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The PACE Trial – The Results

Discussion in 'General ME/CFS News' started by Bob, Aug 17, 2012.

  1. Bob

    Bob

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  2. Bob

    Bob

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    The Cost Effectiveness Paper

    The PACE Trial’s cost effectiveness analysis has recently been published (1), and it showed that CBT and GET resulted in no significant difference to the number of patients receiving welfare benefits (income-related and illness/disability-related) or private financial payments (income protection insurance and private pensions.)

    The number and proportion of participants claiming welfare benefits increased for every therapy group, and for every benefit category, across the board.

    There was also no significant change in the number of days of lost employment after treatment with CBT and GET, compared to the control group.

    So, some revealing information to take from the cost effectiveness paper is that CBT and GET resulted in no significant difference to:
    • The number of patients receiving welfare benefits (income-related and illness/disability-related) and private financial payments (income protection insurance and private pensions.)
    • The number of days of lost employment.
    References:

    (1) Adaptive Pacing, Cognitive Behaviour Therapy, Graded Exercise, and Specialist Medical Care for Chronic Fatigue Syndrome: A Cost-Effectiveness Analysis
    Paul McCrone, Michael Sharpe, Trudie Chalder, Martin Knapp, Anthony L. Johnson, Kimberley A. Goldsmith, Peter D. White.
    August 1, 2012
    PLoS ONE 7(8): e40808. doi:10.1371/journal.pone.0040808
    http://www.plosone.org/article/info:doi/10.1371/journal.pone.0040808
     
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  3. Bob

    Bob

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    Comment

    A flawed hypothetical cognitive behavioural model of illness

    The PACE Trial, published in the Lancet in February 2011, was a multi-million pound UK government-funded research study, researching the effects of four potential treatments for CFS/ME, involving 641 patients. The treatments investigated were Cognitive Behavioural Therapy (CBT), Graded Exercise Therapy (GET), Adaptive Pacing Therapy (APT), and Specialist Medical Care (SMC).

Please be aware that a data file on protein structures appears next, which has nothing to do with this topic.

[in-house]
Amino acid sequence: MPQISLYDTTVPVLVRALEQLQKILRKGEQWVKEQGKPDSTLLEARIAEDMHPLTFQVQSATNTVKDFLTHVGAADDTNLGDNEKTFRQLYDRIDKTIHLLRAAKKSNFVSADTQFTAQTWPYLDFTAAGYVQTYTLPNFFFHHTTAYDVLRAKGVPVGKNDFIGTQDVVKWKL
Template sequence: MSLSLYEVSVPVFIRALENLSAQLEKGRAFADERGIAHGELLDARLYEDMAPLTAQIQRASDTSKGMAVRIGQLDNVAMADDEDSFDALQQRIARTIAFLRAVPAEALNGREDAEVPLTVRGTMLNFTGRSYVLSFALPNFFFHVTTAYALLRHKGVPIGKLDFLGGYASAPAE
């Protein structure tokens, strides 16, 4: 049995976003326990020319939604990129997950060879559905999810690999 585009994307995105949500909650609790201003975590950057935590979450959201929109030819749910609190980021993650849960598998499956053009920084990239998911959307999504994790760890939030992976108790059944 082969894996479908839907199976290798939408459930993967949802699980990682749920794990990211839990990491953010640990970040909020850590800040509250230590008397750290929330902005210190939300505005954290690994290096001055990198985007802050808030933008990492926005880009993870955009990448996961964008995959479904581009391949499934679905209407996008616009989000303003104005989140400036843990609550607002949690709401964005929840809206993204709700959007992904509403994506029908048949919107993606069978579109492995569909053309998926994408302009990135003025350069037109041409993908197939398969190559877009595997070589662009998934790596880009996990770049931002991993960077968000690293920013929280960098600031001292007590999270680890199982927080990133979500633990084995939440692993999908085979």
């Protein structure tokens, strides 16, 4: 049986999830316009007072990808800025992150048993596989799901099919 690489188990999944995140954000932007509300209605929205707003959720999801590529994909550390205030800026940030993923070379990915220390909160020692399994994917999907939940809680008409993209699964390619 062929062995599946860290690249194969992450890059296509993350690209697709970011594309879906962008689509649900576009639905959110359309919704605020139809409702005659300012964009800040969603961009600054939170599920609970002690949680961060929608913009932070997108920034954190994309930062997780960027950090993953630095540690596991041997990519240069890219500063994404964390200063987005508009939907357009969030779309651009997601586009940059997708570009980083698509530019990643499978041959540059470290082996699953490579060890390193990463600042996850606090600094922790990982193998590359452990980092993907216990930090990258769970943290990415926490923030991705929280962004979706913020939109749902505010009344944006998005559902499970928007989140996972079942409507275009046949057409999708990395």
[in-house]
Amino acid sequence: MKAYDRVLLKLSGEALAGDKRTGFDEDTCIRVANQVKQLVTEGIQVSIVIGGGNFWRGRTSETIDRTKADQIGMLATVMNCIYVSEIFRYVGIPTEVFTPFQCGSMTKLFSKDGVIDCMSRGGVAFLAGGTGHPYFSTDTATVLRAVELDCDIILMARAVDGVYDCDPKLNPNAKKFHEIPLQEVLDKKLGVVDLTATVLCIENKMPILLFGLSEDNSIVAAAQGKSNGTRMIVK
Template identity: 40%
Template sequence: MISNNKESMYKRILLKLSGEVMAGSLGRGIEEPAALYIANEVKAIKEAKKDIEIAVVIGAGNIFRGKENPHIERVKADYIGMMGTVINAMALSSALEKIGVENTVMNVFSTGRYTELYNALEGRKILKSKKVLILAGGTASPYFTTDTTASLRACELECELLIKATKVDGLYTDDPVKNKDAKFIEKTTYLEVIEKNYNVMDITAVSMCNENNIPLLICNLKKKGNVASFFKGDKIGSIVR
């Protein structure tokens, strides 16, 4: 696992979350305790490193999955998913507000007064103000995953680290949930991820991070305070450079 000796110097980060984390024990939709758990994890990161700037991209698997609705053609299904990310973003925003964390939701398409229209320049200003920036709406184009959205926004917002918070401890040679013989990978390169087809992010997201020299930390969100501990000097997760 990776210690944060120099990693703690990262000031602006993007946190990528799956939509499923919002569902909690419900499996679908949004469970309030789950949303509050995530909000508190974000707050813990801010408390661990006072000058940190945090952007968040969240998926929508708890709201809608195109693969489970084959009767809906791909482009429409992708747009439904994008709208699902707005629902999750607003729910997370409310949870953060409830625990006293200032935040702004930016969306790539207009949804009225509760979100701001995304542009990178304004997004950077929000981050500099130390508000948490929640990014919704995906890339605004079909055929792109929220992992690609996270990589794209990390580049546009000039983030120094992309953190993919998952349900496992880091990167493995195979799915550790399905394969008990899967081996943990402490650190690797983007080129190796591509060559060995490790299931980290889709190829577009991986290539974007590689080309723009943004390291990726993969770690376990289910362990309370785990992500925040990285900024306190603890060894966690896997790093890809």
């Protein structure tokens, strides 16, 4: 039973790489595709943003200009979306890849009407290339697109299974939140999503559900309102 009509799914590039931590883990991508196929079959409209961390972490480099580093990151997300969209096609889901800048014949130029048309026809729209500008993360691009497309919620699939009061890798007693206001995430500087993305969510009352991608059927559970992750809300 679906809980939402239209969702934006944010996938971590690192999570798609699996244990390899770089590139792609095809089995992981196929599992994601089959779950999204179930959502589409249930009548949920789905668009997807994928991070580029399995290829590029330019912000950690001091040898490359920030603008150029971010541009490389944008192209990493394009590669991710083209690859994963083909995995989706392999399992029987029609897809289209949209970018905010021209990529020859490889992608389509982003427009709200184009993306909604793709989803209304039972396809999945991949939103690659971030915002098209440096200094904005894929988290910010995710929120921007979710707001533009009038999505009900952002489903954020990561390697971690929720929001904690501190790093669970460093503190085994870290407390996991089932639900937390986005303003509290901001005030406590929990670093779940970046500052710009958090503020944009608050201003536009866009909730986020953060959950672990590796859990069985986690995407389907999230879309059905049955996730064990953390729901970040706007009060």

CFS/ME is categorised by the WHO, and the UK government, as a neurological disorder. However, the versions of CBT and GET, which were investigated in the PACE Trial, were based on a controversial cognitive behavioural model of CFS/ME which hypothesises that the illness is a ‘reversible’ psychosomatic condition, ‘perpetuated’ by a (maladaptive) 'fear of exercise' and a (maladaptive) ‘avoidance of exercise’ leading to ‘deconditioning' (1)(2).

    The results of the PACE Trial demonstrated that CBT and GET cannot be used to successfully treat or cure CFS/ME. Only approximately 13% of participants responded (achieved a minimum clinically useful outcome) to treatment with CBT or GET. This demonstrated that the hypothesis that CFS/ME is a psychological or psychosomatic condition, perpetuated by a fear of exercise etc., is unfounded.

    It is not surprising that CBT and GET, as treatments for CFS/ME, remain controversial with patients while they are promoted as ‘successful’ treatments that ‘reverse’ the illness, or reverse disease progression. Such a model of disease is not supported by the evidence of the PACE Trial, in which 87% of participants were not shown to respond to treatment, and it is not supported by the anecdotal experiences of many patients, a substantial proportion of whom anecdotally report being harmed by CBT and GET in clinical settings (3).

    Interestingly, based on information in the protocol, the authors of the PACE Trial, many of whom have a background in psychiatry and in promoting CBT and GET as treatments for CFS/ME, seem to have expected the results to show a 60% benefit for CBT and GET, and only a 10% benefit for specialised medical care (the SMC control group), but in fact, it was the opposite: Roughly 60% improved in the control group, and only approximately 13% improved as a result of CBT or GET.

    Maybe the psychiatrists (the authors) had always mistakenly believed that their therapies were highly successful treatments, when in fact, the improvements seen in their patients were a result of natural improvements over time, as demonstrated by SMC control group in the PACE trial (58% and 65% improvement rates for SMC). The psychiatrists assert that CFS/ME patients have 'maladaptive' cognition and behaviour which ‘perpetuates’ the illness, but the PACE Trial gave us evidence that the psychiatrists, are in fact, mistaken about the treatments they offer and about the nature of CFS/ME.